Big Brand SEO & Penguin 2.0
Taking a broader look at Multinational SEO, though, throws up particular issues for the big brand sites out there, and I though that in light of the upcoming Penguin 2.0 update confirmed by Matt Cutts recently it would be useful to look at particular areas of concern for big site SEO and how to ensure you come out smiling when Google's planned updates take effect.
In discussing multinational SEO, I frequently refer to larger brand sites — FTSE 250 or Fortune 500 companies — while outlining tips, techniques or new strategies.
But, multinational SEO isn’t exclusive to big brands. Much of my advice is also intended for smaller businesses looking to get a leg up globally by taking advantage of the new tools rolled out by Google in 2012 and updated through 2013.
Taking a broader look at Multinational SEO does brings up particular issues for the big brand sites out there, though; and, in light of the recently launched Penguin 2.0 update, I thought it would be useful to look at particular areas of concern for big site SEO.
What Are The Characteristics Of Penguin 2.0 & Why Should I Care?
If you’re a big brand owner, then you’ve likely dealt with the impact from Penguin 1.0 and its updates in the past. In particular, you may have discovered that your legacy backlink profile was causing serious ranking issues. If so, you’ve no doubt struggled to replace your old link building strategies with more effective, ethical and content-led ones.
Penguin 2.0 is a “more comprehensive” and “deeper targeting” (Matt Cutts) update that was aimed at explicitly black-hat techniques — so, if you’re still struggling from Penguin 1.0, your woes have just gotten worse.
Many big brand websites have been around for quite some time and have built up a hugely varied backlink profile over the years. This often includes links that, if built today, would be seen as black hat. These don’t technically fall afoul of Penguin 2.0, as Google has gone on record to state that they don’t retroactively apply spam penalties to sites for links that become black hat after a guideline change. (However, your rankings can still drop significantly due to these low-quality inbound links being given less weight.)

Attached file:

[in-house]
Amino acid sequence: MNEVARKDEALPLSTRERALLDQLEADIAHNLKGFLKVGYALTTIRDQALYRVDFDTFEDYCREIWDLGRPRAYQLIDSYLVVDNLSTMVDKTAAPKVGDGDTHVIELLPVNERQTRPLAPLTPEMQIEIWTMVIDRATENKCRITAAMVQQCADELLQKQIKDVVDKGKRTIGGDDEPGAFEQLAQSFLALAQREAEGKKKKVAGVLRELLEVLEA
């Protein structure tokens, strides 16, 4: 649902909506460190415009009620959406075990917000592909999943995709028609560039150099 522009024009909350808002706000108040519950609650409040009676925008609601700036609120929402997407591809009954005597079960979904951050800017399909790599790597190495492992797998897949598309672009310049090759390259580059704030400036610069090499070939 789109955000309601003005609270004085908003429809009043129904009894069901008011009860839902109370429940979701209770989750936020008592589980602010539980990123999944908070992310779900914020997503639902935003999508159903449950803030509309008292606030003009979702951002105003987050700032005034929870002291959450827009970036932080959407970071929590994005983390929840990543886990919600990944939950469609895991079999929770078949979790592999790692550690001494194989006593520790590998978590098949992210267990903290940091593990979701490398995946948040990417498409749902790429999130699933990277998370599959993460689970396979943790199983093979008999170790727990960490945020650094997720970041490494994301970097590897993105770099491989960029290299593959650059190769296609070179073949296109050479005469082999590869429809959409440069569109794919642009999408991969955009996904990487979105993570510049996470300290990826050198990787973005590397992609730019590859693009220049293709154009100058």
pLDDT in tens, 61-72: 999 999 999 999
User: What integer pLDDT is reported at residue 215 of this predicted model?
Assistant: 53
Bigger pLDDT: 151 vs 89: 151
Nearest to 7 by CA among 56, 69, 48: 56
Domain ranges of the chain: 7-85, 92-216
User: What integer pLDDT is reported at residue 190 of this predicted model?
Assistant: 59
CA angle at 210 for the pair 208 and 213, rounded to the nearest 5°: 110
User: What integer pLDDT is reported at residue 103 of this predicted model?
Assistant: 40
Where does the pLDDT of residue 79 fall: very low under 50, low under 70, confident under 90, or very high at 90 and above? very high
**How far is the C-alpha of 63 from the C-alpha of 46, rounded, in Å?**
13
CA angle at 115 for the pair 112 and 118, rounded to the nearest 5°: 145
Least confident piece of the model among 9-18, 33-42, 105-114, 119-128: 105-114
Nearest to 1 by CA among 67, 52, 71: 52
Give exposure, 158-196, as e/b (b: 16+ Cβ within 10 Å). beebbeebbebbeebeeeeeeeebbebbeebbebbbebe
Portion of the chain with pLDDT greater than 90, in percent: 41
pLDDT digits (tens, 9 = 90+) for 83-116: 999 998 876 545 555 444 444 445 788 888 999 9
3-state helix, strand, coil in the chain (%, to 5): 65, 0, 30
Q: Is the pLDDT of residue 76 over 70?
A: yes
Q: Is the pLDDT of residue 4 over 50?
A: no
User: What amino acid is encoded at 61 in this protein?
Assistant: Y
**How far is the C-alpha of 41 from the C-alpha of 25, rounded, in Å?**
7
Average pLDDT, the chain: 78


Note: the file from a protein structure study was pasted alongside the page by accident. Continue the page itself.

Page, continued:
This makes auditing a big-brand backlink profile extremely difficult. You need to match up the date when a backlink was first detected to a record of what Google (and Bing, Yahoo!, Naver, Yandex and Baidu) stated was allowable at the time. That backlink “event calendar” can then be used for a more sophisticated bulk audit to identify offending backlinks where a penalty has been levied.
So, if you’ve been building links that are in contravention of Google Webmaster Guidelines, then you now have even more reason to stop. You also have a reason to start auditing anything that’s been built in the past that was unethical and disavow it.
For big brands, this also puts management of your SEO more closely in your control. It’s a lot easier for a single person to effect change through a Google account than for a group of internal content teams or development agencies to implement technical and on-page changes or develop stand-alone “content” sites that serve no purpose (other than to provide external links that would be more useful within the main site domain).
Sophisticated Backlink Analysis Started, What’s The Competitive Advantage?
Well, digging into Matt’s comments a bit further, there are a few standout items that will allow for optimisation. In particular:
- “Authorities” in niches will see their visibility increased in the next update round.
This impacts authority optimisation: the use of content strategies that leverage authoritative voices in your market are now much more valuable. This is an extension of Google’s doubling-down on gathering more social signals and incorporating them into Google’s main algorithm — beyond simply surfacing the benefits to logged-in searchers.
For big brands, this means that outsourcing your content creation entirely to PRs or SEM agencies will now be less effective. Instead, they will have to implement more integrated campaigns, centered around authoritative content that is set up to deliver SEO benefit to the site.
Project management will be more highly valued in agencies, as that’s the key to delivering this type of integrated content strategy. It bodes well for the health of the SEO industry as a whole that the authenticity of a voice is given further weight, as it incentivises the right behaviour for the benefit of the searcher (and therefore, the consumer).
To wrap up on the prevailing trend for big brand SEO: get control of your existing SEO efforts; and, if you haven’t already, get your team working to a coherent content strategy that uses your thought leaders’ own voices to get the good word out about your brand.
Then, follow that up with marketing and social promotion that serves a dual purpose for SEO and brand awareness.
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